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Posts : 1900
Join date : 2010-02-08
Age : 59
Location : Isle of Man

PostSubject: RAG WORM BAITS   Sun Sep 12, 2010 4:02 am

Availiable from most tackle shops as a farmed bait or dug. Alternatively you can dig your own if you know where.

There are several species but for ease i'll generalise and split them into 3 groups by average size:


Small harbour rag are found in dense colonys in soft mud, they're a delicate worm of 2-3inches.
They are generally best head hooked in bunches to create a lively wriggleing mass, good for flatties, bass and eels, just about anything really.
I'm told mullet will take them but i'm yet to catch a mullet by this method. Embarassed


Larger and tougher than maddies at about 3-6 inches found in inter tidal mud/sand/ shingle mixtures. Use whole, in bunches or sections on small hooks for small species.

King Ragworm

Larger still, up to 18 inches maybe bigger, but mostly 6-12. tend to be a definate green in colour, found as above.

White Rag

Some times known as snake whites for the larger ones, these beastys are a bit different. Sizes, up to about 6 inches and as you might have gathered, they're white. Unlike the ones previously mentioned they are usually found in sand when digging lug or razors etc.near the low tide mark. They are best kept in a tray or bucket of shallow water. I've never seen bait shops stock them as they are difficult to keep. Match anglers luv 'em, they're very lively when fresh and make an attractive sight bait in clear water, usually used as a tip bait ,head hooked & left to wriggle.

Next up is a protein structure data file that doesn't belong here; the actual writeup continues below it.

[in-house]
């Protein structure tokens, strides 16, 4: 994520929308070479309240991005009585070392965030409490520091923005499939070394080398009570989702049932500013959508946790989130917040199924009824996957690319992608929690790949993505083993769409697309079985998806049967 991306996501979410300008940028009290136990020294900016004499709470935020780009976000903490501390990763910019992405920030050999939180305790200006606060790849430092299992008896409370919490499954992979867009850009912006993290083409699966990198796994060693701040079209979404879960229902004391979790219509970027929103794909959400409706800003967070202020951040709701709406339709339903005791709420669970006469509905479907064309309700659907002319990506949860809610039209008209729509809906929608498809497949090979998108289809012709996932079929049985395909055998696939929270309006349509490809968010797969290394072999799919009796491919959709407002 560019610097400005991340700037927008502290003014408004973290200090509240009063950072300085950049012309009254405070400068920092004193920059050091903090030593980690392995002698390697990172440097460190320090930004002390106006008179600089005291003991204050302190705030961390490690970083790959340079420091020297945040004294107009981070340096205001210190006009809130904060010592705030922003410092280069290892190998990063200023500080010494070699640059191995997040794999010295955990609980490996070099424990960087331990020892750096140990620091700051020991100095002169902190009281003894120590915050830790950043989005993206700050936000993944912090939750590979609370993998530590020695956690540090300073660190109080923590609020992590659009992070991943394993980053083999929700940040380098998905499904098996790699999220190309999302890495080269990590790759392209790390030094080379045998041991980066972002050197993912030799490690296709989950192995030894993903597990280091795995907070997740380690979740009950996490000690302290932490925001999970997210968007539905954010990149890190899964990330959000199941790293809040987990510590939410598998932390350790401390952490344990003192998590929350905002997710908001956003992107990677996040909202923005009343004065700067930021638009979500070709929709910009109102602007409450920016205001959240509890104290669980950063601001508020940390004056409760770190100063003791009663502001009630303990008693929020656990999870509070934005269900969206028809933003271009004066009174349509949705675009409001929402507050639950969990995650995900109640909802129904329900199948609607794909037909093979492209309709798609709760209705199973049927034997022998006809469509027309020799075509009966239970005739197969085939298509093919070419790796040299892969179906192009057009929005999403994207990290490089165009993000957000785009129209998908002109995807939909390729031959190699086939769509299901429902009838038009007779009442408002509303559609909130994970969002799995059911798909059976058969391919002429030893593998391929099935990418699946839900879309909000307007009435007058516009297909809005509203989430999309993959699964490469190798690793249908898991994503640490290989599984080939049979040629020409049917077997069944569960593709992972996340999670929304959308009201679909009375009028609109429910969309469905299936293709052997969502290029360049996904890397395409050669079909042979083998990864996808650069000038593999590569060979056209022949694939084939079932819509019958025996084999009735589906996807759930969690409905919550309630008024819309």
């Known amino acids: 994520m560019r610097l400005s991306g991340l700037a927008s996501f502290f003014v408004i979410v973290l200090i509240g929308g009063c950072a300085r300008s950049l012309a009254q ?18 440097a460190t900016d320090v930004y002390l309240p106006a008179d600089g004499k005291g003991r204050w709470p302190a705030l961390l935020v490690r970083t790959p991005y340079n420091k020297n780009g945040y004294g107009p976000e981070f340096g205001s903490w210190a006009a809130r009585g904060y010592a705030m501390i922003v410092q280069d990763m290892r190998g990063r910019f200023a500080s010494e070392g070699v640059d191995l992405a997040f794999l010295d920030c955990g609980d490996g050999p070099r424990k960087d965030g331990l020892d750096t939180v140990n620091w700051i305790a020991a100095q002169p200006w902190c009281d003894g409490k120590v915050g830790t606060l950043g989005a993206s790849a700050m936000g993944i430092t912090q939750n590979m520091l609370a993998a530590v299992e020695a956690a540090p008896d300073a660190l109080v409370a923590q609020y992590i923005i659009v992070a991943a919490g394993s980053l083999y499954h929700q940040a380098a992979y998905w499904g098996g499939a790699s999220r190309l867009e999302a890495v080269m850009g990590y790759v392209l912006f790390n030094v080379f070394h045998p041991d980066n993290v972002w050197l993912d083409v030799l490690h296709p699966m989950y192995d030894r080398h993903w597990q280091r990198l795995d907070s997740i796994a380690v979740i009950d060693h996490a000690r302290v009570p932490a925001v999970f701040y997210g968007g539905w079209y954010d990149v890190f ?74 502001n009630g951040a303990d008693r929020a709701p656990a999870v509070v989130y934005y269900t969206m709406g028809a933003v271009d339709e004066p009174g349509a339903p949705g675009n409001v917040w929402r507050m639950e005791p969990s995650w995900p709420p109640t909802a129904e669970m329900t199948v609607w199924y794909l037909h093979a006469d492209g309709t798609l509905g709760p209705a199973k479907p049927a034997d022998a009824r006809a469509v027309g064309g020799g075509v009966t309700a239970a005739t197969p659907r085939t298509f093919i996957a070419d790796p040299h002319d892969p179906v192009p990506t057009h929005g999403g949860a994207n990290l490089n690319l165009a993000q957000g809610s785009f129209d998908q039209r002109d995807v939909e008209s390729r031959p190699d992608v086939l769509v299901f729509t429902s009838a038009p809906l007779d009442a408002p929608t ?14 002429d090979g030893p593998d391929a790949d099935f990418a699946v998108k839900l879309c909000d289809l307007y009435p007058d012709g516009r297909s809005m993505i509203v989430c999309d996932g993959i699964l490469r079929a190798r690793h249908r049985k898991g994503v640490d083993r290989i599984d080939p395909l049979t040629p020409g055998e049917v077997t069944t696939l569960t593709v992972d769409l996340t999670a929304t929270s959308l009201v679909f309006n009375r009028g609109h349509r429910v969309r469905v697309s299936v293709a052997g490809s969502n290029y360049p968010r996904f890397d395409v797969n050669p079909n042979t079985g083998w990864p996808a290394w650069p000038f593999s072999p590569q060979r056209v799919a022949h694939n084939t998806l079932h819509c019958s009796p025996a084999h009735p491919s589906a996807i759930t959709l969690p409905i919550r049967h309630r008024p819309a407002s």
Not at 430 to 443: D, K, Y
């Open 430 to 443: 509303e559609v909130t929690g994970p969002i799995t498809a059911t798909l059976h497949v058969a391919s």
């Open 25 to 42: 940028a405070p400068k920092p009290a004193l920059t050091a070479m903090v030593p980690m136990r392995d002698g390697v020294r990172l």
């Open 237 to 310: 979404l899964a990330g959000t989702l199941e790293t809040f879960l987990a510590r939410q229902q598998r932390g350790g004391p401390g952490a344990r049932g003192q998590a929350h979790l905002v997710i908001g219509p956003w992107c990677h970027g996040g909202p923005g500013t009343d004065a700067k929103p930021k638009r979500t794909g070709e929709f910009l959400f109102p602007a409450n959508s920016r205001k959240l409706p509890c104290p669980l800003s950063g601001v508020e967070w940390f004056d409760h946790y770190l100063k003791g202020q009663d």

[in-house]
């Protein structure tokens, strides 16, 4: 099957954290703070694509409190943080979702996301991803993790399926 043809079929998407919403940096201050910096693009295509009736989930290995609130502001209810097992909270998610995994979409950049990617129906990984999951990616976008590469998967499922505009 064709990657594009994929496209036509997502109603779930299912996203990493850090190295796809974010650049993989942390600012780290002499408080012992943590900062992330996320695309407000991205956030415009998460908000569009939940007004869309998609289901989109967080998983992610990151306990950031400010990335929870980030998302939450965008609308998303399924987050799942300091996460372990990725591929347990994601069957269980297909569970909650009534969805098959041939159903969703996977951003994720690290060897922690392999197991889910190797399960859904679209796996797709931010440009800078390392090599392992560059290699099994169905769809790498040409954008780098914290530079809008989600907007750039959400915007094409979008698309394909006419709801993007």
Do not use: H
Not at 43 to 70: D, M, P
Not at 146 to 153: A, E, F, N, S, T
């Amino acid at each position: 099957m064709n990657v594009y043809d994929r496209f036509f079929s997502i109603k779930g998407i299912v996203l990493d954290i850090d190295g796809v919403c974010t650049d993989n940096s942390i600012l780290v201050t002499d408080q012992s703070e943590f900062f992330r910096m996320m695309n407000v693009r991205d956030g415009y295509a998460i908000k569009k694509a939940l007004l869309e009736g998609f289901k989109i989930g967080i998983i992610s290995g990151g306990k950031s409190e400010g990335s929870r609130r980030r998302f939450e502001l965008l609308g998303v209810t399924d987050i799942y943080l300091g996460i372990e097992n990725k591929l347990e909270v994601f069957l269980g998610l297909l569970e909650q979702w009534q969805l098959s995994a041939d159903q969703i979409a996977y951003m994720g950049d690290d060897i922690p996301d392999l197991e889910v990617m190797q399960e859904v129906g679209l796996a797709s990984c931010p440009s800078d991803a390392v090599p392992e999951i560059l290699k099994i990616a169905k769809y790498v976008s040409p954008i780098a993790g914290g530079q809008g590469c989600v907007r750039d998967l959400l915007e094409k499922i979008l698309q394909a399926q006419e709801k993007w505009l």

Maddies usually have to be dug as they seem to be rarely availiable from shops due to being delicate and difficult to keep, red rag or kings can usually be bought from tackle shops, either dug from the shore or farmed either wrapped in mikalite, or in sea peat.

As a bait they work best when live as both a sight & scent bait, they are a lot less effective as a dead bait though I've had a little success with salting and freezing large kings and using them after dark. Once I've dug some I sort through my bucket & discard any broken or dammaged worms unless I'm gonna use them straight away. Cleaning any mud & draining the water off to toughen them up a bit by drying them out I put some newspaper in the bucket to soak up excess water (mikalite does the same job).

Exposure to heat will kill them quickly and turn them to a nasty stinking mush. Keep them in a cool place short term, the fridge if the wife will let ya (the fresh water condensation will kill them off here if left too long or you don't change the paper wraps). If you've got a bait fridge ( or a very understanding wife) keep them in the fridge in a very shallow tray of sea water. Even better, if you've a dedicated bait fridge with a small water pump so you can circulate sea water through the tray.

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